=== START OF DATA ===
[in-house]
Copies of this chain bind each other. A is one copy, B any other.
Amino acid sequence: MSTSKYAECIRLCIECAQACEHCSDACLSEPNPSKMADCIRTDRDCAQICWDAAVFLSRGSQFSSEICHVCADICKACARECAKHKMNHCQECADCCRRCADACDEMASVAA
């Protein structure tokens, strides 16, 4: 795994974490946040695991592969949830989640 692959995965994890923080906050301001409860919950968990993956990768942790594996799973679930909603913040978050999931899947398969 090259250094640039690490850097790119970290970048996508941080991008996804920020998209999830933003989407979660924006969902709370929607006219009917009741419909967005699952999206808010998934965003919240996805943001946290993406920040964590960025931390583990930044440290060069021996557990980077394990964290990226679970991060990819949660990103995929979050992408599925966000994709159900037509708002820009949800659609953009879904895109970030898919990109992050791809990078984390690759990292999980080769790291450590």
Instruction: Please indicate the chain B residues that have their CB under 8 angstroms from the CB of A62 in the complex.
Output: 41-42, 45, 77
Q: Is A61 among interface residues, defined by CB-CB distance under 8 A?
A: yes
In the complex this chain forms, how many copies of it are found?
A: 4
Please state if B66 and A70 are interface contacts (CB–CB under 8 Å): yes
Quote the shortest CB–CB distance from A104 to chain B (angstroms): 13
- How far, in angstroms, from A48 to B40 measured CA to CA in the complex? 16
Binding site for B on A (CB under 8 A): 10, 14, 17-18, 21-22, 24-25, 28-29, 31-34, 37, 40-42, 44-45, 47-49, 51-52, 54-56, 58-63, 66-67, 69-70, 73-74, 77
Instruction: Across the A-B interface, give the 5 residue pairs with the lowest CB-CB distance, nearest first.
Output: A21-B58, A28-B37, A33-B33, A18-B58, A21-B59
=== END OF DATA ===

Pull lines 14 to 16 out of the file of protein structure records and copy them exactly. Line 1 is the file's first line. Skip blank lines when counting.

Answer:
Binding site for B on A (CB under 8 A): 10, 14, 17-18, 21-22, 24-25, 28-29, 31-34, 37, 40-42, 44-45, 47-49, 51-52, 54-56, 58-63, 66-67, 69-70, 73-74, 77
Instruction: Across the A-B interface, give the 5 residue pairs with the lowest CB-CB distance, nearest first.
Output: A21-B58, A28-B37, A33-B33, A18-B58, A21-B59